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Can You Ever Have Too Many Dick Pics?

When Spectrosynthesis opened at Taipei Museum of Contemporary Art last year, it was billed as Asia's first major LGBTQ art show and a showcase of queer life across the continent. But how far did it really go in representing such a diverse and multi-cultural community? Kenneth Dow explores the shows successes and shortcomings, and asks what we can learn for the future.

Hou Chun-ming, Man Hole, 2014-2016

The Museum of Contemporary Art Taipei recently closed Spectrosynthesis, its massive survey show on Asian LGBTQ positions in contemporary art. It was billed as the first major show on this subject in Asia. Of the exhibition title, the curators wrote, ‘White light consists of all colors of light,’ emphasising the presentation of LGBTQ in all its facets and differences. The show filled two floors of the museum, and featured 51 works by 22 artists, with a surprising number of filmic approaches. It received widespread media attention and positive reviews at a time when Taiwan is in the spotlight for its progressive rights agenda.

The existence of such a show is very important, as openly expressing ones sexual identity remains heavily sanctioned in many Asian countries. The topic is relevant, but so is its careful, well researched treatment. Here Spectrosynthesis had some shortcomings in its curation.

Artists featured were predominantly from Sinophone nations and the American west coast, which was an interesting geographical conception of Asia. The curatorial statement described the show as an 'exhibition [that] represents the life stories and related issues of the post-war Chinese LGBTQ community'. Both Asia and LGBTQ seemed to be a very general note of what the show aspired to represent. The work on display were good, but it was the full spectrum of neither LGBTQ positions nor Asia.

Martin Wong, Mi Vida Loca, 1991

The dominance of male cisgendered artistic positions in the show was a point picked up on by a number of critics. Visitors to Spectrosynthesis were greeted by a painting of a gigantic brick phallus (American artist Martin Wong). I would’ve appreciated this raunchy work - which was, at time of its production, a very provocative painting - in a show more diverse. To the present day spectator though, this work felt more like a cliché of male homosexuality. Starting with Wong and then moving the spectator towards a more complex understanding of queer could have been a challenging curatorial decision. Unfortunately Spectrosynthesis tended to fall back onto a Tom Of Finland type of imagery as the show progressed.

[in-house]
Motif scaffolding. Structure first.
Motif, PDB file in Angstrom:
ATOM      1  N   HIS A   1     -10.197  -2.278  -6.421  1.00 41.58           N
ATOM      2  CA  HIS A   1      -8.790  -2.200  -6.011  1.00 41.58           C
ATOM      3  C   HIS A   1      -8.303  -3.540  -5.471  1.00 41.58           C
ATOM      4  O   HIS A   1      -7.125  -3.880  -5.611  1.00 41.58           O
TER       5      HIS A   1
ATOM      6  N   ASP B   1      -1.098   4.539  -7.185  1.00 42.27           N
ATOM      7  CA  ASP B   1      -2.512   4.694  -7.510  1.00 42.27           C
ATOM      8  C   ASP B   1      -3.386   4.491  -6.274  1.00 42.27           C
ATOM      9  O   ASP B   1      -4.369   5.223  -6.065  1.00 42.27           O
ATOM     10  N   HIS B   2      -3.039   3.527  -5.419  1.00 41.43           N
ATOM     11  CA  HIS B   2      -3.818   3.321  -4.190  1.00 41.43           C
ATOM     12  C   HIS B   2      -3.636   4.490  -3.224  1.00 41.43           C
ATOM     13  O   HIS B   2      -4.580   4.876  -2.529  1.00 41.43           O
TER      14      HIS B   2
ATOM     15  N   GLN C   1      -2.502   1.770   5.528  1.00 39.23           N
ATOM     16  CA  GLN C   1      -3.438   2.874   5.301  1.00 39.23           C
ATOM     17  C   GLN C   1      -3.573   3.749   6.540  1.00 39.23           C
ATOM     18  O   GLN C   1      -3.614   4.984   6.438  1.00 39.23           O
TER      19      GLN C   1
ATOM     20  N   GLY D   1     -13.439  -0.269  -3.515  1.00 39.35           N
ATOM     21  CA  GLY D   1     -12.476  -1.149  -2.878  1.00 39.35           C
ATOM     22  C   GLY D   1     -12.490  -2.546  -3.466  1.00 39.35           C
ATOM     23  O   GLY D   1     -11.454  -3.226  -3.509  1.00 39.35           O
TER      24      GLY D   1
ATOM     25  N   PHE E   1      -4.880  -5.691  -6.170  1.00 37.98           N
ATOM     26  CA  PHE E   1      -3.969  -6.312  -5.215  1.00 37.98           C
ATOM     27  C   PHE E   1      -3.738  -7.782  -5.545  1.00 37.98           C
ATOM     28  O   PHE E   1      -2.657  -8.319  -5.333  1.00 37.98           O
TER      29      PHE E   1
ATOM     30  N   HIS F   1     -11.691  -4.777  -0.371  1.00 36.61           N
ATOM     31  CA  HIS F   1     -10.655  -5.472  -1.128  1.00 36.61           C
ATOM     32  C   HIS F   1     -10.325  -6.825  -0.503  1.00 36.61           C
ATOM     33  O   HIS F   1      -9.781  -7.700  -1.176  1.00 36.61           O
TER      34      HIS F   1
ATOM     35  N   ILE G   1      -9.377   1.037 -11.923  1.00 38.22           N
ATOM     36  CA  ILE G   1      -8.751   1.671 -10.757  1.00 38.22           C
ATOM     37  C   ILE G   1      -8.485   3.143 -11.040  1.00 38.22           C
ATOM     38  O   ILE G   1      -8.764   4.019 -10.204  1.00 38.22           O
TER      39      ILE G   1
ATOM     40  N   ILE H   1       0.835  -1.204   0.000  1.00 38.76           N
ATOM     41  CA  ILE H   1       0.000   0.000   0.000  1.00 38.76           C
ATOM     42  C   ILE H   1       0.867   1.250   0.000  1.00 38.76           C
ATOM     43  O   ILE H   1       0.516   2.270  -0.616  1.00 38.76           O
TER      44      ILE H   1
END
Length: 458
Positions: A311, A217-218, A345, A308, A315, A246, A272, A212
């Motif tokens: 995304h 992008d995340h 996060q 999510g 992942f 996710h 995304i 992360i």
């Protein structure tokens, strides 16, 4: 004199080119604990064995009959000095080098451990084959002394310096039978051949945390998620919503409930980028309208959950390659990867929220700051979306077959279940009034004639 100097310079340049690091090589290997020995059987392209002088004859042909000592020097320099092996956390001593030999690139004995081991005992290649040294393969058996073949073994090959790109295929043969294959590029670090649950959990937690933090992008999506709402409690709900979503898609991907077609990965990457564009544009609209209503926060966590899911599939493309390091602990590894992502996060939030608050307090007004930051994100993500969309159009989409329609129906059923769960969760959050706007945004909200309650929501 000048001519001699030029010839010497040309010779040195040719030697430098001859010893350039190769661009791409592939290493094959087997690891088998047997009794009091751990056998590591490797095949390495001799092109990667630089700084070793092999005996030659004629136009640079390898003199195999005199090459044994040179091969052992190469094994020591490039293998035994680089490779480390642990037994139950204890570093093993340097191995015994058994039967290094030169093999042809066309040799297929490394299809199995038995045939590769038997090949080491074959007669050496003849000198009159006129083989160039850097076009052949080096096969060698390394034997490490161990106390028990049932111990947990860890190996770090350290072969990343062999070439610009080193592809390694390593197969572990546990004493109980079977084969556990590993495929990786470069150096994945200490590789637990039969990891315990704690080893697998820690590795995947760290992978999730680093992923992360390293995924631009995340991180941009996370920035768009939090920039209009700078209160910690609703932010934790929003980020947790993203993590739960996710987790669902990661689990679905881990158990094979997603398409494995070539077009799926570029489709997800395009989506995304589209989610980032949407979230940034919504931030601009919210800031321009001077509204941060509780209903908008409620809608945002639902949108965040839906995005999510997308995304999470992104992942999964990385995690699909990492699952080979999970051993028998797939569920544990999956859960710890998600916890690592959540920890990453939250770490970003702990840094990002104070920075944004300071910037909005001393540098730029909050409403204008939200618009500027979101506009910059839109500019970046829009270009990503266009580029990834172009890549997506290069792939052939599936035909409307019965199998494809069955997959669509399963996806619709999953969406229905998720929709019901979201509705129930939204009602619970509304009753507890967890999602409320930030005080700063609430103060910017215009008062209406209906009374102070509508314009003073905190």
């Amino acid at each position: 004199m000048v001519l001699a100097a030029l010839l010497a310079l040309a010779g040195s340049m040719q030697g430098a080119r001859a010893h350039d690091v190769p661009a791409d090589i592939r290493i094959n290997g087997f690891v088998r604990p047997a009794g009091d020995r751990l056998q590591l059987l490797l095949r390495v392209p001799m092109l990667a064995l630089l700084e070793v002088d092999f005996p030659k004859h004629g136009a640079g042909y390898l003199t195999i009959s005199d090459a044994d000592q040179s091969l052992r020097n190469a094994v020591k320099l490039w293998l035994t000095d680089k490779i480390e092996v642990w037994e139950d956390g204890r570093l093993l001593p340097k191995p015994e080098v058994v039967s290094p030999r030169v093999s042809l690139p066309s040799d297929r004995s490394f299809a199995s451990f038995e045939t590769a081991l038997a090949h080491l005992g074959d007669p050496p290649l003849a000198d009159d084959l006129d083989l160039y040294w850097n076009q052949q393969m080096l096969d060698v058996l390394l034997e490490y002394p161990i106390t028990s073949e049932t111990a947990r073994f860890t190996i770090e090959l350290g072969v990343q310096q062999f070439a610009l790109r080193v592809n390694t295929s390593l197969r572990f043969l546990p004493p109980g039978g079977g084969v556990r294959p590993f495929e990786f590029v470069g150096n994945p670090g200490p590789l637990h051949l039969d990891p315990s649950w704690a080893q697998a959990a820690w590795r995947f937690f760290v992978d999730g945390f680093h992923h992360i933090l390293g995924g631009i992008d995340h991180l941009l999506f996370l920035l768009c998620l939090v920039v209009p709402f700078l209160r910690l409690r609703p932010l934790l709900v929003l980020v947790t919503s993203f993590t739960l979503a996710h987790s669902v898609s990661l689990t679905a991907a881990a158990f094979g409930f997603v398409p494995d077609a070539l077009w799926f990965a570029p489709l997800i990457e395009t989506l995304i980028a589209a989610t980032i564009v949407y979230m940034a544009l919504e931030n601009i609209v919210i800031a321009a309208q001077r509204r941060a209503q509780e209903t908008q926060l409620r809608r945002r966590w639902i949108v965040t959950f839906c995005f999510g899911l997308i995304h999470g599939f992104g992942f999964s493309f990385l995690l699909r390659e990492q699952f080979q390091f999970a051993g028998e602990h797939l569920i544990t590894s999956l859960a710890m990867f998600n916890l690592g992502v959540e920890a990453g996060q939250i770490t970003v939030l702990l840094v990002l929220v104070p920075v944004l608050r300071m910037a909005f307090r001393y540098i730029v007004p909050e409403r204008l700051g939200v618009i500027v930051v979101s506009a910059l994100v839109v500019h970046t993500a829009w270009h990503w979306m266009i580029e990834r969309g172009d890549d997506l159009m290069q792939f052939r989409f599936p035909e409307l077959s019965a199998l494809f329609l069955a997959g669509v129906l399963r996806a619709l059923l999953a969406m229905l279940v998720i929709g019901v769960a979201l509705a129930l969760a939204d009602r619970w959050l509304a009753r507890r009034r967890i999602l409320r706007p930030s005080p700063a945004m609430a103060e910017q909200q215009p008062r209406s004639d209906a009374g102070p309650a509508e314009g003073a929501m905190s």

One of the most memorable pieces on display was Passion by Wang Jun-Jieh, a three channel video installation screened onto canvasses and separated from the spectators by a pool of water. It featured a homoerotic sci-fi fantasy of astronauts and cruising sailors, evoking the lighting and highly aesthetisized surrealness of Querelle. Just as in Fassbinder’s film, the scenes were a symbolic meditation on the conception of desire as the sentiment that fuels all human actions. Wang is a significant artist in Taiwan, and Passion is a work of great relevance. But in a show dominated by male homonormative eroticism, of which this piece was the most prominent iteration, it in some ways undermined the curators’ claims of covering the full spectrum of LGBTQ.

Wang Jun-Jieh, Passion, 2017

There were exceptions.Tao Hui’s video Talk About Body showed the artist wearing a hijab and full length dress, telling a story of oppression, flight and marginalisation through the stereotypes assigned to his physiognomy. With reference to drag modality, he skillfully addresses normative regimes that intersect his life (Islam, Grindr, etc.)

The video seemed to attempt to reclaim the term 'Identity' towards a concept much akin to 'class awareness'. Difference is no longer a cause for separation, but a reason to unite and reclaim ones rights.

This was, I believe the intended message of the whole exhibition. It is of inestimable value to see such a show, especially because LGBTQ people still face exclusion or worse in most of the home countries of most artists on the show. But Spectrosynthesis had its shortcomings, and they need to be pointed out.

Tao Hui, Talk About Body, 2013

It may have been over ambitious to say this show was representational of such a vast diaspora of cultures. But if one has the curatorial freedom to address these matters - the funding, the space, the institutional standing and visibility - one should represent better, and curate better. Possibly sourcing works from more than one collection (the show was co-organized by the Sunpride foundation) would be a step towards more diversity.

I hope the next institutional level show on LGBTQ in Asia will encompass its full spectrum, both in sexuality and in geography. This show could rightfully call itself the first show on LGBTQ in contemporary Asia. I look forward to seeing it.

Words: Kenneth Dow

Translation: Peter Sierzput

Article originally written in English. Photos by CINEMQ and Kenneth Dow.



CINEMQ is a queer short film screening + party series. It is run by a group of queers with too much on their mind to sit still for long. We’re publishing articles on queer cinema and screen culture every week. Want to contribute? Message our account.

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